Arms race

Competition between nations to develop and build an arsenal of weapons.

McCarthyism and the Red Scare summary

In the years following World War II, fear characterised American society. Many citizens were highly concerned about the possible domination of communism and the Soviet Union.Historians refer to this era as the Red Scare, which generally refers to a widespread fear of communism. The late 1940s and 1950s were a particularly hysterical example of this.

Historians like William Chafe believe that there is a tradition of intolerance in the United States that occasionally erupts. Chafe expresses this as follows:

Like a season allergy, anticommunism has recurred at regular intervals throughout twentieth-century history.1

Indeed, there had already been a Red Scare in Russia in 1917-20 after the Communist Bolshevik Revolution. Therefore, the Red Scare of the 1940s and 1950s is sometimes referred to as the Second Red Scare.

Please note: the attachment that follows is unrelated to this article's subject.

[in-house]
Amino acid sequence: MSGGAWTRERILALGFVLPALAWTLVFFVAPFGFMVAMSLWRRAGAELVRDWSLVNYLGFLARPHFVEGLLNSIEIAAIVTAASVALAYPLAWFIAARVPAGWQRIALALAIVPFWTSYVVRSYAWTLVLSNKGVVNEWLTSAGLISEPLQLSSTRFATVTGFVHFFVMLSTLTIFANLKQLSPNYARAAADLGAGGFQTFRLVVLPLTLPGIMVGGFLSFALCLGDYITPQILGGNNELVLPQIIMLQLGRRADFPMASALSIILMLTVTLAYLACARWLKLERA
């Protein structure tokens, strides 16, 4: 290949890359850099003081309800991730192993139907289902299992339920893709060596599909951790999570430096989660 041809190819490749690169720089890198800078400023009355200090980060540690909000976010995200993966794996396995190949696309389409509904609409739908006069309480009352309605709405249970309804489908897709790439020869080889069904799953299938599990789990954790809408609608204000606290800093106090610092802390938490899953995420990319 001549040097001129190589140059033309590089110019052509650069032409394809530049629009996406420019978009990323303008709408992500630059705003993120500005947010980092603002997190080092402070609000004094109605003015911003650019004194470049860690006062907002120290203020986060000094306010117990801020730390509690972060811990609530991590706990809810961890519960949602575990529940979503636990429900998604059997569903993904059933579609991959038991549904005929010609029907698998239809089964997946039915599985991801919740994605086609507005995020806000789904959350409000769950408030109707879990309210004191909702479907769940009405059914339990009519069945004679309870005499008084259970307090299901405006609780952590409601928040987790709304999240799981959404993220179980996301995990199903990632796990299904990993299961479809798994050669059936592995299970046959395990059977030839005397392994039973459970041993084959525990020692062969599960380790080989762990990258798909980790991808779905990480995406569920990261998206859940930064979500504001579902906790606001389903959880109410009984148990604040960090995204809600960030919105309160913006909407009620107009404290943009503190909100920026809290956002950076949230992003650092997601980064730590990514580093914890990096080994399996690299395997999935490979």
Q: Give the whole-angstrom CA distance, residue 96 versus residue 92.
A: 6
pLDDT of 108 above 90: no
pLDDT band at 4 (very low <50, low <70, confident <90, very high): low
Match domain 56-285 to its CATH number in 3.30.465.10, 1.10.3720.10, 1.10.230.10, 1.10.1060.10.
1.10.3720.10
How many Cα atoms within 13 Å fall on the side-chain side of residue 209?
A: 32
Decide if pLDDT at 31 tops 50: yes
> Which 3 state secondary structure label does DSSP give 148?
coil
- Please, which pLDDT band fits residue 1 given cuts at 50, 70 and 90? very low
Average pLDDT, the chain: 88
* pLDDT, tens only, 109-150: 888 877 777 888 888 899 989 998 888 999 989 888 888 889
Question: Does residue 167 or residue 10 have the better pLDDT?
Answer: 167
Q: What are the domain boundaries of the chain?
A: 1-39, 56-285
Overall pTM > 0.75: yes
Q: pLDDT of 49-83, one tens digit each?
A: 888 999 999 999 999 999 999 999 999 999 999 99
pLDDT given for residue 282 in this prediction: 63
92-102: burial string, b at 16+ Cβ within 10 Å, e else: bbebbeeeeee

So what events led to this Red Scare?

  • After World War II, the Soviet Union created a buffer zone of communist nations and spread communism throughout Eastern Europe.

  • In 1949, the communist Soviet Union successfully tested its first atomic bomb. Previously, only the United States had possessed nuclear weapons.

  • Also, in 1949, China ‘fell’ to communism. The communists under Mao Zedong won the civil war against the nationalists and founded the People’s Republic of China (PRC).

  • In 1950, the Korean War began between communist North Korea and non-communist South Korea. The United States intervened on the side of South Korea.